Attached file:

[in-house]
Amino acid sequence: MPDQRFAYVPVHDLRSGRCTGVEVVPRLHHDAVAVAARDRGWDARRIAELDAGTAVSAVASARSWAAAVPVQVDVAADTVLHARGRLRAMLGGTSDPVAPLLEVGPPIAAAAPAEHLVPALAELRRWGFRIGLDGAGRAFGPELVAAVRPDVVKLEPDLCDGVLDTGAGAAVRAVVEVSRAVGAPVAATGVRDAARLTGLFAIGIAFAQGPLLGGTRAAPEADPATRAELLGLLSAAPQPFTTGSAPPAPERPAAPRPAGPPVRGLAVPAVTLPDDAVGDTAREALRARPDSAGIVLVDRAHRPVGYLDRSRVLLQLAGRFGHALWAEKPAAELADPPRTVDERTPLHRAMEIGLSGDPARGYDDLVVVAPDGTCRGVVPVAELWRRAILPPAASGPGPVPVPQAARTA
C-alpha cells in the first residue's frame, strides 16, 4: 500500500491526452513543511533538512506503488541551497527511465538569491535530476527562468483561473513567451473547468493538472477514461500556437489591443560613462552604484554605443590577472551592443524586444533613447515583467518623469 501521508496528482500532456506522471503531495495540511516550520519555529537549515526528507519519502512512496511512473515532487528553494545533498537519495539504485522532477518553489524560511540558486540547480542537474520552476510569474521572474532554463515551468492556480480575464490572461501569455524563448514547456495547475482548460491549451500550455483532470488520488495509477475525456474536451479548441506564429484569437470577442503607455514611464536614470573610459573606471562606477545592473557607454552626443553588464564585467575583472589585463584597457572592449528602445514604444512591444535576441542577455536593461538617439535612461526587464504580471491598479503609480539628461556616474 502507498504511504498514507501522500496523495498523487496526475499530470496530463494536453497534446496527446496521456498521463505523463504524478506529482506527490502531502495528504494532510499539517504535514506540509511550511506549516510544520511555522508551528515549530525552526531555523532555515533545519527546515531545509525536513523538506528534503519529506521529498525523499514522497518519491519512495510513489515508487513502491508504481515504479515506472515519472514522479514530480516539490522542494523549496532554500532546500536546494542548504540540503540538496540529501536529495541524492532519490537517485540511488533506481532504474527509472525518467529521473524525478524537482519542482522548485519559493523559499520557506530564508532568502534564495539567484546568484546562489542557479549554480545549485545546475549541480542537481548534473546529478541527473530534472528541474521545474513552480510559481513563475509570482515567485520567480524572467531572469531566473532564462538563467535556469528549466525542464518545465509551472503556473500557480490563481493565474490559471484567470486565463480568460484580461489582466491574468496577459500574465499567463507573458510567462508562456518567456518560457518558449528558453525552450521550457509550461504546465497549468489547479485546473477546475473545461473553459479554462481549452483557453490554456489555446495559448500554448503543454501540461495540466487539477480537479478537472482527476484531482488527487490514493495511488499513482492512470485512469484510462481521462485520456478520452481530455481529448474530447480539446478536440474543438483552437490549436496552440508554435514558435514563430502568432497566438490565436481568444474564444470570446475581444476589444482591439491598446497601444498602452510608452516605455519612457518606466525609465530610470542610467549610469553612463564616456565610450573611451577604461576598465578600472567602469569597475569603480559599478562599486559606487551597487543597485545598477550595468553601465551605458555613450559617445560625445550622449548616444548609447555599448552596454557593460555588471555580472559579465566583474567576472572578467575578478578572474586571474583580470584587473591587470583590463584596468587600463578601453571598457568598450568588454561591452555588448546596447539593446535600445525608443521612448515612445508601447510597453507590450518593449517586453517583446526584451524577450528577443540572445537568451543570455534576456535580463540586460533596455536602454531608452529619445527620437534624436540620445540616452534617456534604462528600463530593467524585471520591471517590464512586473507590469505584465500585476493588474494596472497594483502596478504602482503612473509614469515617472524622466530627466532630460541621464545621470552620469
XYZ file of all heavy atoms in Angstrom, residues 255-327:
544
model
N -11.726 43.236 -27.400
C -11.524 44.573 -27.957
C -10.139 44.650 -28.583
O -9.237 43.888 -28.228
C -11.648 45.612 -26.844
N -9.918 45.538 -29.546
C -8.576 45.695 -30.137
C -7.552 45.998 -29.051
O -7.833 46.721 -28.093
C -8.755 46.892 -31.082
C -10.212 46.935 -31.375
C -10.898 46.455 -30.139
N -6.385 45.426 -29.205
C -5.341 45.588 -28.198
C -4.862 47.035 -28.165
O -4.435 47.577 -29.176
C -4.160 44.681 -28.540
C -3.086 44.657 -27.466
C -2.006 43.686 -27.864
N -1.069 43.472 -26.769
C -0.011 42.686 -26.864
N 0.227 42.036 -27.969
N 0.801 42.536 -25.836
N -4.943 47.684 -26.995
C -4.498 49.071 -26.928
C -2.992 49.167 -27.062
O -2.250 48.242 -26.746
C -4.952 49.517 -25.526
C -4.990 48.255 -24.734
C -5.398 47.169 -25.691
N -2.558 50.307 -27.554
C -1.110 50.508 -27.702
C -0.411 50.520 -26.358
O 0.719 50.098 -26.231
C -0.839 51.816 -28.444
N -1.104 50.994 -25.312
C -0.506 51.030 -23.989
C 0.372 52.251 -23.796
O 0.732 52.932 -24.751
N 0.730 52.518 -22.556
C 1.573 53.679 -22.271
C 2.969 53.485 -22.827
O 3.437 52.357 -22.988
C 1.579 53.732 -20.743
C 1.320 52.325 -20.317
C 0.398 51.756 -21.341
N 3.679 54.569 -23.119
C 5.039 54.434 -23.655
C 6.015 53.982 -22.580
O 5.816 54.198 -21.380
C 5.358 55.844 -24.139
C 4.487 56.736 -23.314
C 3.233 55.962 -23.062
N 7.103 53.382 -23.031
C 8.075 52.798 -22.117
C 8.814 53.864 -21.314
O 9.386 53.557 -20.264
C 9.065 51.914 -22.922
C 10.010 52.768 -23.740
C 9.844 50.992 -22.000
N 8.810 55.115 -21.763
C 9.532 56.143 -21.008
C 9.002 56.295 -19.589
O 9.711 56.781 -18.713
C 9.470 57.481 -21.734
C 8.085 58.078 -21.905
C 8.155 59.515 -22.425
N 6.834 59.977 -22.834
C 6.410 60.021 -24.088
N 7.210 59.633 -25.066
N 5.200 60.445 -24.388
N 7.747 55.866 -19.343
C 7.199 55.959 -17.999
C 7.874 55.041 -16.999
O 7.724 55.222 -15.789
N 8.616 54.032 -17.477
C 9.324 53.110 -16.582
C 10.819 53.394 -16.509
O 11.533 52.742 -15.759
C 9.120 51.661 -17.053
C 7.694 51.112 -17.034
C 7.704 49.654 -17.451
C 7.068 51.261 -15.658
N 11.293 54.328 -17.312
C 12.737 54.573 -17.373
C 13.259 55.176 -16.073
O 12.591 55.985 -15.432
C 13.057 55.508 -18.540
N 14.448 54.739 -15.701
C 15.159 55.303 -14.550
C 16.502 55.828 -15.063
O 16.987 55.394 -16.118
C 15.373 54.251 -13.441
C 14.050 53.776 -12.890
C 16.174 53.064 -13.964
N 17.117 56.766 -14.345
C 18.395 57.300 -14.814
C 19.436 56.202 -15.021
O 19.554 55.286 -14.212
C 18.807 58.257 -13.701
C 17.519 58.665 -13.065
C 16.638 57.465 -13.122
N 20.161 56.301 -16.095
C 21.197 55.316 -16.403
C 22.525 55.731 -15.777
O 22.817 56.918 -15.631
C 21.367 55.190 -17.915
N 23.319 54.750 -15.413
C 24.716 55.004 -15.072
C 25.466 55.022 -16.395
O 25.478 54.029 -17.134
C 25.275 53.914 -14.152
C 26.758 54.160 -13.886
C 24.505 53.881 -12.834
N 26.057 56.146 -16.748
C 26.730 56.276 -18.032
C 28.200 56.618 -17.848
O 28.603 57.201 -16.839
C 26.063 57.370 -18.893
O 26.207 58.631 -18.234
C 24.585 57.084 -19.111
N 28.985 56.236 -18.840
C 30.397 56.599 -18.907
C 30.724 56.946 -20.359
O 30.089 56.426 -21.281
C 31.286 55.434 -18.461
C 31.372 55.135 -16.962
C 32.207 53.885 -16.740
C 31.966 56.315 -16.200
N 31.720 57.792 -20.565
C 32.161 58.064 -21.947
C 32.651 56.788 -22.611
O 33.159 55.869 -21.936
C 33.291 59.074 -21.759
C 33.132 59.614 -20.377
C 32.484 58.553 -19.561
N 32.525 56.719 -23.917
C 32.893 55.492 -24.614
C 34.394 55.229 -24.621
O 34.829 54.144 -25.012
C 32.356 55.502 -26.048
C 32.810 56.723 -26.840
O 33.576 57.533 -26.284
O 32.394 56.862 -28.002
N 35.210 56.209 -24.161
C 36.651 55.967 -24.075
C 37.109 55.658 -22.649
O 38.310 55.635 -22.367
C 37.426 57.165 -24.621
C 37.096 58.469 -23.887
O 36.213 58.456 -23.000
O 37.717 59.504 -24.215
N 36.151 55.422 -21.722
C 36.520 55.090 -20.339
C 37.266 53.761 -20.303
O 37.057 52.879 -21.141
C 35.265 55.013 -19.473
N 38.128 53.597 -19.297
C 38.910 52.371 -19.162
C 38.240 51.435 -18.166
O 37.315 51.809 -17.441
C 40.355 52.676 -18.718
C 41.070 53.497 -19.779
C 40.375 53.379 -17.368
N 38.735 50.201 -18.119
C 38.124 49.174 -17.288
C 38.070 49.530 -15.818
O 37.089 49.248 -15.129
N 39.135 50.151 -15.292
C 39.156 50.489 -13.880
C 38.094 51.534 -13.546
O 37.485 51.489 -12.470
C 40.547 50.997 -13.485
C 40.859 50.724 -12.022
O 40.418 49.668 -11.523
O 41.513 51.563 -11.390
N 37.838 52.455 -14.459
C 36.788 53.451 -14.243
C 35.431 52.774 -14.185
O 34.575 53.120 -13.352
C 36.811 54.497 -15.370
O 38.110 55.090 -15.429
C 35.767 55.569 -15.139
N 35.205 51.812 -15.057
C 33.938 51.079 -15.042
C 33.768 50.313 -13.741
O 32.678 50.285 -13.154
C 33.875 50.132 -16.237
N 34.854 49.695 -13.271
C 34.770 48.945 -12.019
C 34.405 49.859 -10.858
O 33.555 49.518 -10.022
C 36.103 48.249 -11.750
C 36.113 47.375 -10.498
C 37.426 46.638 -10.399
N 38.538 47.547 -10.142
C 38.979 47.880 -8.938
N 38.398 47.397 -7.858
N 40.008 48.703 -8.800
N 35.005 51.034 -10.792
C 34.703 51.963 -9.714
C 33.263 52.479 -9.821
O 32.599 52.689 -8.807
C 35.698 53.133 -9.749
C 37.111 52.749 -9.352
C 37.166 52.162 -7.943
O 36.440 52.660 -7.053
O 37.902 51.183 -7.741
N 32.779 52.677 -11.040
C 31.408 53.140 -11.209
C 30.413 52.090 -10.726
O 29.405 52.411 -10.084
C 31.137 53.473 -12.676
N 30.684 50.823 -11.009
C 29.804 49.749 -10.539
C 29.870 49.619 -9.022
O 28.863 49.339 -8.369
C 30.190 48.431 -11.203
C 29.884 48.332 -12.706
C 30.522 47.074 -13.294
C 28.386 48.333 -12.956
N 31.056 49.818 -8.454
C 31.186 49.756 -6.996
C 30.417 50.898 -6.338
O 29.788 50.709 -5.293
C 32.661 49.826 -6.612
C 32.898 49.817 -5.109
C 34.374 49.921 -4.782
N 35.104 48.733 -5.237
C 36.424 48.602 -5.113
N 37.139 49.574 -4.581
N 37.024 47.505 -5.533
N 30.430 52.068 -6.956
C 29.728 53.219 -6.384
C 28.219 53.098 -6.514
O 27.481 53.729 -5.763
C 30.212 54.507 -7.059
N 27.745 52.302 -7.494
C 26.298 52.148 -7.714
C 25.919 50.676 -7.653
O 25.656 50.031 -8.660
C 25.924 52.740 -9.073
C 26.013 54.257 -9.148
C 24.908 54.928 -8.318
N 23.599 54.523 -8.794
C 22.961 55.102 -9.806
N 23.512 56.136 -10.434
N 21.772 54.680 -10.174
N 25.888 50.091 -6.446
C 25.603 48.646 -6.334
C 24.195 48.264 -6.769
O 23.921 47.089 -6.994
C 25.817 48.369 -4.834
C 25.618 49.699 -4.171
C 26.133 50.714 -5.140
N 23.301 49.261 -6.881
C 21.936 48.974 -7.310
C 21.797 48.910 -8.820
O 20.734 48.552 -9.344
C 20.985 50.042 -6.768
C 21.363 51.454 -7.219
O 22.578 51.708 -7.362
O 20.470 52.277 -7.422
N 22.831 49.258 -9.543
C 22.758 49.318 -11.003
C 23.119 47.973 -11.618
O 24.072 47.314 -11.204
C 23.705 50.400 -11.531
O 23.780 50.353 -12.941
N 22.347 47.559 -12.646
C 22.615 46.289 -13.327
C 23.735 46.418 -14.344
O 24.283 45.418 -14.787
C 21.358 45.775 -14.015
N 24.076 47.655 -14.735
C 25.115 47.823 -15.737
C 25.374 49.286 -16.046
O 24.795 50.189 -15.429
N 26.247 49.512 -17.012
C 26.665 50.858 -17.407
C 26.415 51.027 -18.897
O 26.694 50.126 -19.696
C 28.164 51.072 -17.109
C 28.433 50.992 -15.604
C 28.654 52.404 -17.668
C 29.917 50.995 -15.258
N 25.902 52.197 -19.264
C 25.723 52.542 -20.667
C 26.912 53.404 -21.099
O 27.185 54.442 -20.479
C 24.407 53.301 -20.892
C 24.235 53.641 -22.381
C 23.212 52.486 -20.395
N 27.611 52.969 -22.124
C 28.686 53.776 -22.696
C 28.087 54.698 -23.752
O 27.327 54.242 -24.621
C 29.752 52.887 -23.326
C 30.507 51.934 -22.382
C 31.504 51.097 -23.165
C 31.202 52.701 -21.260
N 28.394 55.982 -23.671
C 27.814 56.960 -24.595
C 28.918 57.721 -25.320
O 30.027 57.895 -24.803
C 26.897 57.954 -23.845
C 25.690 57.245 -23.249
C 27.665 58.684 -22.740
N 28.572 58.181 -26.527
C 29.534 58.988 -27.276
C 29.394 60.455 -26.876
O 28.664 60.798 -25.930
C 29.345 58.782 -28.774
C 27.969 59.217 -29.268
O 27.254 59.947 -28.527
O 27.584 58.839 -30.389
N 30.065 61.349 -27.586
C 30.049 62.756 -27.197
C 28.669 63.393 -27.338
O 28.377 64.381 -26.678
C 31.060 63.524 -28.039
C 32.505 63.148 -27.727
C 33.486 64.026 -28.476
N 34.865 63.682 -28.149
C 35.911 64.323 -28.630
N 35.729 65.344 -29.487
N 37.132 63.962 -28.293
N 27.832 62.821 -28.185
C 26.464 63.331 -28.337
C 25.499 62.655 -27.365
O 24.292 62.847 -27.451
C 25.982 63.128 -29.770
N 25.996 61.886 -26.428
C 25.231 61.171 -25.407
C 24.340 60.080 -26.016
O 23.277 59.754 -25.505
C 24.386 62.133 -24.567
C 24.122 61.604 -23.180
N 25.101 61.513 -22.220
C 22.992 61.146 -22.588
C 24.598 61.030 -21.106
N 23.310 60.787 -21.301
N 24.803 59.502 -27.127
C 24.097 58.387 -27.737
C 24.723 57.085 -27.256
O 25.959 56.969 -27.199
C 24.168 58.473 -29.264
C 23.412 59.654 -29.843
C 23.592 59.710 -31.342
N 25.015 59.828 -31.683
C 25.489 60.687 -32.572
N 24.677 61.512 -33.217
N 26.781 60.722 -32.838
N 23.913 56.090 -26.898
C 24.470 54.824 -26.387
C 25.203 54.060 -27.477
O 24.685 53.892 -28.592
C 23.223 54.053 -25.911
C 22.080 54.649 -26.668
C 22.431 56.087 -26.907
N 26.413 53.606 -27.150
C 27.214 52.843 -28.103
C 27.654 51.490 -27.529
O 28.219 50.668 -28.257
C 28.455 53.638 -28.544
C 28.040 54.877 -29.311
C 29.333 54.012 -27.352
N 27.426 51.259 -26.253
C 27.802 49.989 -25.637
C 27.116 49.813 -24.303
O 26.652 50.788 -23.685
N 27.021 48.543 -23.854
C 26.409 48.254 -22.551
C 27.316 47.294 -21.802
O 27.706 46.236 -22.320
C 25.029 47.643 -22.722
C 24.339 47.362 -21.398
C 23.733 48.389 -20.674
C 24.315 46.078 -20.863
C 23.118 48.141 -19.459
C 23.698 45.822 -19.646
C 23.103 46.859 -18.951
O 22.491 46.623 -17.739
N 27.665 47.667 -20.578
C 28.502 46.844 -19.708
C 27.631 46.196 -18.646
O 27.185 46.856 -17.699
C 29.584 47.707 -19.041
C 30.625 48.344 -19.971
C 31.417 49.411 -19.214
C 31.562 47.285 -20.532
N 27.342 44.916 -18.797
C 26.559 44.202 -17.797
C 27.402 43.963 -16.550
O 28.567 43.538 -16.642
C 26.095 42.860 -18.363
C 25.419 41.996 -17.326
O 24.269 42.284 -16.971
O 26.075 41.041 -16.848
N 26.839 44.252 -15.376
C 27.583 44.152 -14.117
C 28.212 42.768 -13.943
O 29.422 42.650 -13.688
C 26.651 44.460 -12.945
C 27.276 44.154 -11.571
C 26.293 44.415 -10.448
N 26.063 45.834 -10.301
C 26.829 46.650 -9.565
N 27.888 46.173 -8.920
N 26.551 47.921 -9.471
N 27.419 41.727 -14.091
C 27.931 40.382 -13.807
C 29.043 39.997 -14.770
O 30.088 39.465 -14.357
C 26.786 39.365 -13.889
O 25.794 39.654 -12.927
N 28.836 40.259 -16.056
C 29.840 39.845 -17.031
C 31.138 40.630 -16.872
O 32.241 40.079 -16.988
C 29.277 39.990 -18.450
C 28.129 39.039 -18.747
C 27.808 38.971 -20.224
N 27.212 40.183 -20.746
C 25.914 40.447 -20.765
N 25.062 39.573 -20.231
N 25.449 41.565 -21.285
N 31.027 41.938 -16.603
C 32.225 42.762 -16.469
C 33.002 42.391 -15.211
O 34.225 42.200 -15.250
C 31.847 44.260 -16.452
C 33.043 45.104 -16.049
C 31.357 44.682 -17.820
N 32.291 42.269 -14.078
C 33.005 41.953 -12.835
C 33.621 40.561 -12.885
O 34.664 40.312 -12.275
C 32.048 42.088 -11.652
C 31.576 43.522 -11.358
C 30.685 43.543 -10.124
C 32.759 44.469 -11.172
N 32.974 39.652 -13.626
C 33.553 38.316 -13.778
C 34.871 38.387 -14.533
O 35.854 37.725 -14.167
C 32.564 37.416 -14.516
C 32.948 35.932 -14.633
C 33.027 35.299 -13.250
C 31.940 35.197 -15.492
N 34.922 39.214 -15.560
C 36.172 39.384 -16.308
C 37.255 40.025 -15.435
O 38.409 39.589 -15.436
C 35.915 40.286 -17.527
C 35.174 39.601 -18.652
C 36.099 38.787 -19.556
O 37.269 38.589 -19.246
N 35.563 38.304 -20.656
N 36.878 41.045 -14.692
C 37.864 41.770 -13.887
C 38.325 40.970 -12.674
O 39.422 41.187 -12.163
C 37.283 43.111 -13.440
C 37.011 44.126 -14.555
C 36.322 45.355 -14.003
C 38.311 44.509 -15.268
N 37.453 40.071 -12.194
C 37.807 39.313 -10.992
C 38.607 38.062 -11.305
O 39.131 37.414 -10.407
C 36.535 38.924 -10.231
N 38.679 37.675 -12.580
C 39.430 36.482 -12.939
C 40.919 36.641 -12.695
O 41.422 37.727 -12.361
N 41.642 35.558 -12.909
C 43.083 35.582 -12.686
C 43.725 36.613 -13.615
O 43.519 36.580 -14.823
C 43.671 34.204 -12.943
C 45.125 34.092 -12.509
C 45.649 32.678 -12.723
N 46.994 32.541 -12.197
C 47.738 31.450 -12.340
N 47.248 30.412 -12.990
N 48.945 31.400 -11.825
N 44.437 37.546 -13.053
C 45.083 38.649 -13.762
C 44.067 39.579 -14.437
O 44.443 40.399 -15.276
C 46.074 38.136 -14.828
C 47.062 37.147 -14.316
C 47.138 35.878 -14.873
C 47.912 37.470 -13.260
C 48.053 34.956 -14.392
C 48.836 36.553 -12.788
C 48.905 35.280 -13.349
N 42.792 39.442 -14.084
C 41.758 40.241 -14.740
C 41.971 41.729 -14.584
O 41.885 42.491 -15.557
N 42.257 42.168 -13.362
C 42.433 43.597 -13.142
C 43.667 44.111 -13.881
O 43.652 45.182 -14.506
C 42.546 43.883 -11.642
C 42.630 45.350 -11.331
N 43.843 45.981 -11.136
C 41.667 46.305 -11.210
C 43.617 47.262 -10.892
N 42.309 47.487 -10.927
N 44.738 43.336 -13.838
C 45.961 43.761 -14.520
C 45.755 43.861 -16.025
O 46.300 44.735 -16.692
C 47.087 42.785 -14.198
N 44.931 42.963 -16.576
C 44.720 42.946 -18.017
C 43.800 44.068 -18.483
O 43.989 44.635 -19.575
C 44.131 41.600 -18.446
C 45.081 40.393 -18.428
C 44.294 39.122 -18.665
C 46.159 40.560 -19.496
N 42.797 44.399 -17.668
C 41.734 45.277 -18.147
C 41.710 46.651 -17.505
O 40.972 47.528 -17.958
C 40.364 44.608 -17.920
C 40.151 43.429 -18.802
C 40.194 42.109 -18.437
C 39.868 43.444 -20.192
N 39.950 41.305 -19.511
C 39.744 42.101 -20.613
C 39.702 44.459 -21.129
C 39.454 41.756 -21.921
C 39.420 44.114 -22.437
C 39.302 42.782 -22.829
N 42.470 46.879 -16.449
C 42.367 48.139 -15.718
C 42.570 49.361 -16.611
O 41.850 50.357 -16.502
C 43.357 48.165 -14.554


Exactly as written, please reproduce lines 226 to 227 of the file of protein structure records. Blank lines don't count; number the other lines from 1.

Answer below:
C 30.522 47.074 -13.294
C 28.386 48.333 -12.956